al-Sisi wins landslide victory in Egypt, but faces huge challenges that will influence MENA stability.
Abdel Fattah al-Sisi, former Egyptian army chief, was victorious this week, winning a landslide victory in Thursday’s presidential election. However, low turnout on the day marred his celebrations and threatened to deny him the strong mandate needed to revitalise Egypt’s economy and hold out against an Islamist insurgency.
Egypt’s new president won with 93.3 percent of votes according to judicial sources. His only rival, left wing Hamdeen Sabahi, managed just gained 3 percent, with the remaining 3.7 percent declared void. Despite the impressive figures, unexpectedly low numbers of voters is causing doubts about al-Sisi and whether he can, as his many adoring supporters believe, deliver stability.
With protests toppling two Egyptian presidents in three year, the pressure is on to show he is the man for the job and prove his doubters wrong. However, al-Sisi brings the traditional Egyptian powerhouse, the army, with him in his duties.
The country’s economy is in a poor state, tormented by mass unemployment, budget deficits, corruption, high unemployment, and fuel subsidies threatening to cost nearly $19 billion in the next fiscal year. Many believe that the vague economic plans al-Sisi has outlined will not be enough to heal Egypt. The weak turnout at the polls, just 46 percent of Egypt’s 54 million voters, will not make it easy for him to impose what IHS analysts refer to as “painful economic reforms”.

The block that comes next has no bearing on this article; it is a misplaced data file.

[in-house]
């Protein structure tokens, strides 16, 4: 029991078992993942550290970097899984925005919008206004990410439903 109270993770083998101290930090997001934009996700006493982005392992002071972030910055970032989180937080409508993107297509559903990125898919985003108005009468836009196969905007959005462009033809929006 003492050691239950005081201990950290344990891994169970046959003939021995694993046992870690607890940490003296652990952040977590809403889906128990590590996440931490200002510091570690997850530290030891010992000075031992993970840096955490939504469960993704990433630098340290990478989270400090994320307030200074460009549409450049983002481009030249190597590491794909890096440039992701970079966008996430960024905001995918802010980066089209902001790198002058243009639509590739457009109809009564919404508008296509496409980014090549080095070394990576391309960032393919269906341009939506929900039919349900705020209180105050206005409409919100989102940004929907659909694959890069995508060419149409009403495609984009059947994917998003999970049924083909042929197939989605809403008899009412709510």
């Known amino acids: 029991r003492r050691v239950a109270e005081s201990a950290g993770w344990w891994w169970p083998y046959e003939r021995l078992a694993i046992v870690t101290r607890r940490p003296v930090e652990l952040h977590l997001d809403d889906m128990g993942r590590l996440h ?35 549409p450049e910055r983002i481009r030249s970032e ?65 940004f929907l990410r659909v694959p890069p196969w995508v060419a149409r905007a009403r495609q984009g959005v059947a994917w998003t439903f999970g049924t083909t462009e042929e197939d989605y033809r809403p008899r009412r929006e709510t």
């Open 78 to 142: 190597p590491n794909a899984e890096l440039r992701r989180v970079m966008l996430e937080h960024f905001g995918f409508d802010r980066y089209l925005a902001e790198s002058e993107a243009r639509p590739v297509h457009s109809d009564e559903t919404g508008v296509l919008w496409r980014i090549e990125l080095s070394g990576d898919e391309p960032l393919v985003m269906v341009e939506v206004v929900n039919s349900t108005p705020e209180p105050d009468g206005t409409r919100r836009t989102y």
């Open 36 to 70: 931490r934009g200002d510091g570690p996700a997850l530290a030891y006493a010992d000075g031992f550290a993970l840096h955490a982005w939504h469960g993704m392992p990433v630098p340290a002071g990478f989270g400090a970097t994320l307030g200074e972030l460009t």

Reuters reported that their tour of polling stations suggested turnout was low, and that many Egyptians said voters had “stayed at home due to political apathy, opposition to another military man becoming president, discontent at suppression of freedoms among liberal youth, and calls for a boycott by Islamists”.
Supporters regard al-Sisi as a strong figure who can end the turmoil that has gripped Egypt since the revolution that ousted Hosni Mubarak. However, critics fear he is just another autocrat who enjoys the backing of the armed forces and the Interior Ministry, as well as businessmen who thrived under Mubarak and are still highly influential. Al-Sisi does have the support of Saudi Arabia, the United Arab Emirates and Kuwait, which see Mursi’s Muslim Brotherhood as an existential threat.
He faces the arduous challenge of defeating an Islamist armed insurgency and eradicating threat from the Brotherhood, which had won every national vote held after Mubarak’s fall. The Brotherhood, a loyal to Mursi and outlawed as a terrorist group, has rejected the election, calling it an extension of the army takeover.
Five Dimensions Consultants analysed the country’s elections and the implications of al-Sisi’s victory and predicted in advance that he would achieve a comfortable win over Mahlab. Five Dimensions also predict that the likely scenario that, despite his loss, Ibrahim Mahlab will remain in his position as Prime Minister.
Egyptian society remains deeply divided and there is no guarantee that the presidential election outcome will result in a decline in the levels of violence that have plagued the country since 2011, say Five Dimensions. The Middle East specialist consultants highlight that since July 2013 over a thousand supporters of the Muslim Brotherhood have been killed by the security forces, and many more have been imprisoned.
As Egypt’s economy teeters on the brink as a consequence of overly generous energy subsidies and lost earnings from tourism and foreign investment, President Abdel Fattah al-Sisi will have little time to celebrate if the country is to avoid further instability.